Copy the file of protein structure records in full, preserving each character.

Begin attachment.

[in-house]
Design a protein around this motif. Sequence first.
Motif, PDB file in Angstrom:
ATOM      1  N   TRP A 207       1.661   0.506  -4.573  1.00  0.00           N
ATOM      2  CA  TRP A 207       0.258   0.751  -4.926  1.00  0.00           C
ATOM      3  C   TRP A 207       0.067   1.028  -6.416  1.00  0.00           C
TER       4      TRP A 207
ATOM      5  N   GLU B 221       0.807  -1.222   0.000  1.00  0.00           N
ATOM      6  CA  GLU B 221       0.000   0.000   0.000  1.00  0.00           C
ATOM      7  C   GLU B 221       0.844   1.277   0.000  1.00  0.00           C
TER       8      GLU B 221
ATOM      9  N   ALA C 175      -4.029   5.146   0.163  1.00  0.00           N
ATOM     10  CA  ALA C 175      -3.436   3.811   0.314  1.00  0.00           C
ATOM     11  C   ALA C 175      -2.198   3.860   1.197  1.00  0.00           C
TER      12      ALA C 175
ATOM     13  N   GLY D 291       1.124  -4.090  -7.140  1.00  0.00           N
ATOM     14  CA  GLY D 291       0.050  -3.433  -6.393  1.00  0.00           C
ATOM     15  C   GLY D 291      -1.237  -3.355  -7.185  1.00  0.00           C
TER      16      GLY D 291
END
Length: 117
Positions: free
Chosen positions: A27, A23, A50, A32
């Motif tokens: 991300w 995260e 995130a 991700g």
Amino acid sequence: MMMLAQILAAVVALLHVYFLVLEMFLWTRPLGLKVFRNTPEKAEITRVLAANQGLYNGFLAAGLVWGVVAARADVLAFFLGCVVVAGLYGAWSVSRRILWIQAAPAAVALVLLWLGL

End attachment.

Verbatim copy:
[in-house]
Design a protein around this motif. Sequence first.
Motif, PDB file in Angstrom:
ATOM      1  N   TRP A 207       1.661   0.506  -4.573  1.00  0.00           N
ATOM      2  CA  TRP A 207       0.258   0.751  -4.926  1.00  0.00           C
ATOM      3  C   TRP A 207       0.067   1.028  -6.416  1.00  0.00           C
TER       4      TRP A 207
ATOM      5  N   GLU B 221       0.807  -1.222   0.000  1.00  0.00           N
ATOM      6  CA  GLU B 221       0.000   0.000   0.000  1.00  0.00           C
ATOM      7  C   GLU B 221       0.844   1.277   0.000  1.00  0.00           C
TER       8      GLU B 221
ATOM      9  N   ALA C 175      -4.029   5.146   0.163  1.00  0.00           N
ATOM     10  CA  ALA C 175      -3.436   3.811   0.314  1.00  0.00           C
ATOM     11  C   ALA C 175      -2.198   3.860   1.197  1.00  0.00           C
TER      12      ALA C 175
ATOM     13  N   GLY D 291       1.124  -4.090  -7.140  1.00  0.00           N
ATOM     14  CA  GLY D 291       0.050  -3.433  -6.393  1.00  0.00           C
ATOM     15  C   GLY D 291      -1.237  -3.355  -7.185  1.00  0.00           C
TER      16      GLY D 291
END
Length: 117
Positions: free
Chosen positions: A27, A23, A50, A32
């Motif tokens: 991300w 995260e 995130a 991700g």
Amino acid sequence: MMMLAQILAAVVALLHVYFLVLEMFLWTRPLGLKVFRNTPEKAEITRVLAANQGLYNGFLAAGLVWGVVAARADVLAFFLGCVVVAGLYGAWSVSRRILWIQAAPAAVALVLLWLGL